Alaska, Canada must safeguard fisheries from B.C. mining operations

Legislators and fishing representatives may appear to have very different jobs, but the reality is that we are both charged with looking out for the best interests of the hard-working people we represent.   One issue of mutual concern is making sure Alaska communities do not suffer harm from Canadian mines under development in our shared watersheds.  And, should the unthinkable occur, we want the responsible parties to clean up the mess and reimburse any losses.  Currently, Alaska has no binding agreement with Canada to ensure that happens.

The third anniversary of the Mount Polley mine failure that sent 6.6 billion gallons of water and tailings into the Fraser River watershed is an important reminder of what can go terribly wrong, but is only one example of why Alaska, British Columbia, and our federal governments must develop a robust plan to mitigate any potential damages.

[Alaska and B.C.: Salmon, clean water and good neighbors]

Like Alaska, Montana has a non-binding cooperative agreements with British Columbia  covering a transboundary watershed.   Open-pit coal mines sit in the headwaters of the Elk-Kootenai River system that flows from British Columbia to Montana.  Since 1984, the water has become so toxic that it's harmed U.S. fish stocks.  The U.S. Congress invested $3 million for research that revealed a flawed water assessment program.   A $100 million state-of-the-art water treatment system failed and plans for a $600 million replacement are on hold.  In the face of documented, chronic pollution, B.C. officials refused to require meaningful corrective measures from the mine operators, but they did allow four mine expansions.

Last year, British Columbia's auditor general highlighted inadequacies in monitoring of the mines programs, stating there are "too few resources, infrequent inspections, and (a) lack of enforcement."  She expressed significant concern about a $1 billion shortfall in B.C.'s mine reclamation fund.

Canadian economist Robin Allyn provided a powerful briefing to the Alaska State Legislature this year that underscores the need for financial assurances.  She emphasized Canadian taxpayers subsidized $40 million of the Mount Polley cleanup to date and "… liabilities in BC  are underestimated and most mine operators are not required to provide full-funding for the reclamation."

British Columbia does not have the means to sufficiently monitor mines and enforce the law, much less fill the funding gaps left when mining companies walk away from their responsibilities.  A prime example is the Tulsequah Chief mine near Juneau, which has been leaching acid runoff since the 1950s.


The Kerr-Sulphurets-Mitchell (KSM) gold and copper project site is located in the Unuk River watershed about twenty miles from Alaska.  Huge tailings dams will be placed near the Nass River; two creeks will be destroyed and resident fish stocks relocated. Once in operation, KSM will be the largest open-pit mine in North America.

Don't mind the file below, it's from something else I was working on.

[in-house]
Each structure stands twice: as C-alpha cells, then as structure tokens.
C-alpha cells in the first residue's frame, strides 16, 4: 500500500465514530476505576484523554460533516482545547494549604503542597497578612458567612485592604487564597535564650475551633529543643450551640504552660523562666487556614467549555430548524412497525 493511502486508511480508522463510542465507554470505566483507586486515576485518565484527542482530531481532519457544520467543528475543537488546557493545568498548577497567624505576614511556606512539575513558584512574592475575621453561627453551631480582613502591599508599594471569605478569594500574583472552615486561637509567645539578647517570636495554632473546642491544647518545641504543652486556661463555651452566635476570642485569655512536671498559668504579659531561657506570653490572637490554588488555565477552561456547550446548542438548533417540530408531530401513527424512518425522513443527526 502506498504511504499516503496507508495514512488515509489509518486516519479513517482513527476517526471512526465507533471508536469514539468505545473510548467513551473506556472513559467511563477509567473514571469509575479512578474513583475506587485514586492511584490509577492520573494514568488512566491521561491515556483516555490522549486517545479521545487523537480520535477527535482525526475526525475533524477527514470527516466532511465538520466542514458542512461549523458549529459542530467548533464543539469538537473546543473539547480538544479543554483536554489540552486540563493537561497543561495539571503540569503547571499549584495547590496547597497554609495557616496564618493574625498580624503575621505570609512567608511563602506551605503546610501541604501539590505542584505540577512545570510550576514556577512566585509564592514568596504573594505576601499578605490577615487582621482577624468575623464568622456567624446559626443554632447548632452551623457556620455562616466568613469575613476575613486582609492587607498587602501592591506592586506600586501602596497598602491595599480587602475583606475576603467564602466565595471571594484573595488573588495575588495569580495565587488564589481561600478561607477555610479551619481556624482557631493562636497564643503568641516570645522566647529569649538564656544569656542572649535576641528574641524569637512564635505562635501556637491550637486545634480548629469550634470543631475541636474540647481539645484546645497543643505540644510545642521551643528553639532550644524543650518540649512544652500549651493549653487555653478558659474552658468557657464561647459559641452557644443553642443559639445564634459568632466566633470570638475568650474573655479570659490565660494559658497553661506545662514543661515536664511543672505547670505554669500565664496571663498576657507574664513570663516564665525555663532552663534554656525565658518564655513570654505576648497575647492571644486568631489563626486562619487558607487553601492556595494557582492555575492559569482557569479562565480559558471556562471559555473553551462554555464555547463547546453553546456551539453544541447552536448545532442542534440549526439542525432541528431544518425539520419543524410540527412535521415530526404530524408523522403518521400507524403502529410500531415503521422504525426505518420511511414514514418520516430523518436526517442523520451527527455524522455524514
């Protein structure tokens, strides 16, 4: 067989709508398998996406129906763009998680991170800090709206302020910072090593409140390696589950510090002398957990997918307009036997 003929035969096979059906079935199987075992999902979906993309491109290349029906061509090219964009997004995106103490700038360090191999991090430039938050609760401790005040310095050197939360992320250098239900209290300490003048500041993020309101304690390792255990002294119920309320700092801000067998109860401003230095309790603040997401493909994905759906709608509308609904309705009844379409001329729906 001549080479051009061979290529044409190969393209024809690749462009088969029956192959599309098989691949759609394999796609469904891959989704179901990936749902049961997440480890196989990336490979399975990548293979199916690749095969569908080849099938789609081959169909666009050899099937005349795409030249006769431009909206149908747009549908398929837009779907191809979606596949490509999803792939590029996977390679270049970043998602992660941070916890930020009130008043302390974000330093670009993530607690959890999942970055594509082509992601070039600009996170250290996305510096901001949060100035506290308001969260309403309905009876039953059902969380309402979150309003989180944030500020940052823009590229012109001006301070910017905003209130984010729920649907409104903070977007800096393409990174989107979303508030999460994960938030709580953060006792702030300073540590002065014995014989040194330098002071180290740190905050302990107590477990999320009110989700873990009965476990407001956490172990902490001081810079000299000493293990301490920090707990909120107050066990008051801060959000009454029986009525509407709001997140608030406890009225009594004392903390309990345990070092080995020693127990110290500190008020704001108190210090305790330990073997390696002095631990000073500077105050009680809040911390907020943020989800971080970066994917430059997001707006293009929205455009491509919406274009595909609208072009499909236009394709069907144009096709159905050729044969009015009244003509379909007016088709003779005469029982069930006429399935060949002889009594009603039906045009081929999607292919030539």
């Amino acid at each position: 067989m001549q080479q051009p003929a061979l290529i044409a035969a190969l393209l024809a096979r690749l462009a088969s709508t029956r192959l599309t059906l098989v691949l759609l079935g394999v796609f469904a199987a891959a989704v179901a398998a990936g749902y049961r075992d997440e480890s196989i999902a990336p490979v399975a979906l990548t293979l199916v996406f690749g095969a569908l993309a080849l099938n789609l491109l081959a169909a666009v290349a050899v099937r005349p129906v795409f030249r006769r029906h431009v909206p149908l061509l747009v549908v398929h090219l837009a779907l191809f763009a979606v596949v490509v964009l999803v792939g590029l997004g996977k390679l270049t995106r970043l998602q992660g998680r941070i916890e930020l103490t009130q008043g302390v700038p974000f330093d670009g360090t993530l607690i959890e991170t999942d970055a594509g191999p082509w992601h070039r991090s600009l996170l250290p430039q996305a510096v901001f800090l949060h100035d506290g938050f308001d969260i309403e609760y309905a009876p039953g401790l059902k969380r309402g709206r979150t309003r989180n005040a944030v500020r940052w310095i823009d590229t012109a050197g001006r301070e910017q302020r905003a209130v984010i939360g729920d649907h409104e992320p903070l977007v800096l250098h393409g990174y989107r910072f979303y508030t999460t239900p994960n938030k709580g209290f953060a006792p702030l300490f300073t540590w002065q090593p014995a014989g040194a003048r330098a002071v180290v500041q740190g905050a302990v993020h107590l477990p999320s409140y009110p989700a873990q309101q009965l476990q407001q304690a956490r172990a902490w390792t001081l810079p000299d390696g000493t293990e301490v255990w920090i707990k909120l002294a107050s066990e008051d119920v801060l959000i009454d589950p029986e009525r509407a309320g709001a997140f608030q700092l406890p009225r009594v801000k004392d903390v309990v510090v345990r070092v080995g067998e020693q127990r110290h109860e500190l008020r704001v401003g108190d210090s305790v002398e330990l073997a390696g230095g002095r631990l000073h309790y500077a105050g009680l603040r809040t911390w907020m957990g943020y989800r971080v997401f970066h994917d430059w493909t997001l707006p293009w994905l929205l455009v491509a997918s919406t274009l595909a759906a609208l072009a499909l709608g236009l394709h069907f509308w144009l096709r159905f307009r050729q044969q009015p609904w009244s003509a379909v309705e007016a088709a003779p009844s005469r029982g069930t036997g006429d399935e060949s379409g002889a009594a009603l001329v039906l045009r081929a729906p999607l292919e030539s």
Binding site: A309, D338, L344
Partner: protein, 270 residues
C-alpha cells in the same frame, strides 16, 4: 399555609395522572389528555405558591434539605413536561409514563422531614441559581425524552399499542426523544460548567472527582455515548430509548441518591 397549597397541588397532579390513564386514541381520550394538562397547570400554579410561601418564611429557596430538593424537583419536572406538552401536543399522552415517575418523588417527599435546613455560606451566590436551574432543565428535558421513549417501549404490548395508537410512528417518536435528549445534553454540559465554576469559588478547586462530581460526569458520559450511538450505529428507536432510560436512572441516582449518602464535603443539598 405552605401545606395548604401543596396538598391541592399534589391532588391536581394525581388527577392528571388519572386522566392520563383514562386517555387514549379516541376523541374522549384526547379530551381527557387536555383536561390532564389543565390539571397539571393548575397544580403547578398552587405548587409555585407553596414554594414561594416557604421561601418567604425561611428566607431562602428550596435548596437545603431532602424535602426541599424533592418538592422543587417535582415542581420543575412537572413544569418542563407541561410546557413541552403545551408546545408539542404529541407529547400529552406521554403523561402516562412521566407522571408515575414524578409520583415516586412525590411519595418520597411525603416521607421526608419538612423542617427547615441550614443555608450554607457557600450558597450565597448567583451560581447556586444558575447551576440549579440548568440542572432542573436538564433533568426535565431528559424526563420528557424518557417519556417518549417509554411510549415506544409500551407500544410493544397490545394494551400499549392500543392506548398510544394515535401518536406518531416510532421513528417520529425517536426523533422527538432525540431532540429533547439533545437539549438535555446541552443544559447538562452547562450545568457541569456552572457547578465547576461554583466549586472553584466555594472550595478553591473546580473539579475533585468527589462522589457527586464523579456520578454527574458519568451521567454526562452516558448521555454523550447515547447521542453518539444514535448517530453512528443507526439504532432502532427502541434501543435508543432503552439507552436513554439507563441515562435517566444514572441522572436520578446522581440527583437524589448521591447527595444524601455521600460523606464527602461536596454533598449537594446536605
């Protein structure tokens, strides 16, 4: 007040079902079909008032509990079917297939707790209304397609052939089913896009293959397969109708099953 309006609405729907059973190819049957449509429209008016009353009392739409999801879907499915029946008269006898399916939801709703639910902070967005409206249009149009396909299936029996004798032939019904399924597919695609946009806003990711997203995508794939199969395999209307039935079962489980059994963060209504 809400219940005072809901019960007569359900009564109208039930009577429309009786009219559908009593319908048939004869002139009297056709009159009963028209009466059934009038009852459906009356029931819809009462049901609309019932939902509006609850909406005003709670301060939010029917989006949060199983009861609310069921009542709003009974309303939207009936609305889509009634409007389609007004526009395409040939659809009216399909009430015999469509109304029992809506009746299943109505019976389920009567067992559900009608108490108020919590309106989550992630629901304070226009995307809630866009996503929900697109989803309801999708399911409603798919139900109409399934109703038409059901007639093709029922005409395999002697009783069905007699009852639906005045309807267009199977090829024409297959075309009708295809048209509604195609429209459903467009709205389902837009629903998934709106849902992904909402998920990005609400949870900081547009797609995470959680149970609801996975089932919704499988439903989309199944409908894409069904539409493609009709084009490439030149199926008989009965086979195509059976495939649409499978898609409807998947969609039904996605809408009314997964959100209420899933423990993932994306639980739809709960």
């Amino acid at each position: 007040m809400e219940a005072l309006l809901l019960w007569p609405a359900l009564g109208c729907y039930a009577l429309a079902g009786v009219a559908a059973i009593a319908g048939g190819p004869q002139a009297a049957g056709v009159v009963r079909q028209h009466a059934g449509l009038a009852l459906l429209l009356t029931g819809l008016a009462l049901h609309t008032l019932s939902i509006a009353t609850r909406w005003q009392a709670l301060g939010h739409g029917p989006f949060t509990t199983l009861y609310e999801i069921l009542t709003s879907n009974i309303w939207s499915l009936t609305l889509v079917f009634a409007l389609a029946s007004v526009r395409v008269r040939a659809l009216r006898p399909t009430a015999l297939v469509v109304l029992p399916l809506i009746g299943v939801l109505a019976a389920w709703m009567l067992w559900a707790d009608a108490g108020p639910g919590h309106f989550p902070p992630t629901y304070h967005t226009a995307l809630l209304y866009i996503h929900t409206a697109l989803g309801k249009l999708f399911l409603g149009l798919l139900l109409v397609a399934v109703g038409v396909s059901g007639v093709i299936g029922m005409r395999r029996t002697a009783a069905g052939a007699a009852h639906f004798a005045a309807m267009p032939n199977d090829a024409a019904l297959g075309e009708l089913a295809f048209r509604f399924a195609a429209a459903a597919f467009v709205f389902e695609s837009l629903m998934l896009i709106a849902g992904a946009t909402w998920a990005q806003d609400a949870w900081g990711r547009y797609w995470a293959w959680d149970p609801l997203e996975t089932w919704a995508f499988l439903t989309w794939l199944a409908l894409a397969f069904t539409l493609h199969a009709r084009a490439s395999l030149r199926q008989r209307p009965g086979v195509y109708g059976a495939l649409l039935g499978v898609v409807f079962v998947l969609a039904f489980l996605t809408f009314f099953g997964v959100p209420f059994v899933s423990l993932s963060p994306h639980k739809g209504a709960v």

[British Columbia officials try to smooth over mining dispute during Juneau trip]

Transboundary rivers are important to both Alaska and Canadian fishermen.  In recent years the troll fishery has been managed to help boost Unuk River king salmon.  This year, low productivity of Southeast king salmon forced restrictions in all fisheries, with some anglers and all trollers standing down for large periods of the season.  The Taku, Stikine and Nass rivers are subject to the Pacific Salmon Treaty and fisheries are managed accordingly.  Red Chris and other large mines along the Stikine River pose risks to long-term water quality, as does the abandoned Tulsequah Chief in the Taku River drainage.  Any negative impacts will reverberate across the region and state.

Southeast Alaska is home to seven of the nation's top fishing ports; more resident commercial fishermen and processors live here than anywhere else in Alaska.  Seafood provides 20 percent of the region's jobs and injects $1 billion into Alaska's economy each year.  Guided sportfishing, personal use, and subsistence fishermen number in the thousands and these important users also contribute significantly to the state's economic and social well-being.

The state of Alaska and fishermen on both sides of the border take great pains to protect the fish they harvest, yet the B.C. government is adding risk during the most vulnerable stages of the salmon life cycle.  So far there is no commitment that habitat remediation will occur, or that Alaska's losses will be covered in the event of catastrophic mine failure, toxic leaching, persistent pollution, or other mine-related disturbances that could occur in any of these critical watersheds.

This is as much an economic issue as an environmental one for Alaska and the people we represent.  It is imperative that we secure binding financial commitments between the United States and Canadian governments to protect the citizens of this state and British Columbia.

Rep. Louise Stutes serves Alaska House District 32, which includes Kodiak, Cordova and Yakutat. Dale Kelley has been executive director of the Alaska Trollers Association for nearly 30 years. She serves on the boards of several state and national fisheries organizations and federal advisory groups.

The views expressed here are the writers' and are not necessarily endorsed by Alaska Dispatch News, which welcomes a broad range of viewpoints. To submit a piece for consideration, email commentary@alaskadispatch.com. Send submissions shorter than 200 words to letters@alaskadispatch.com.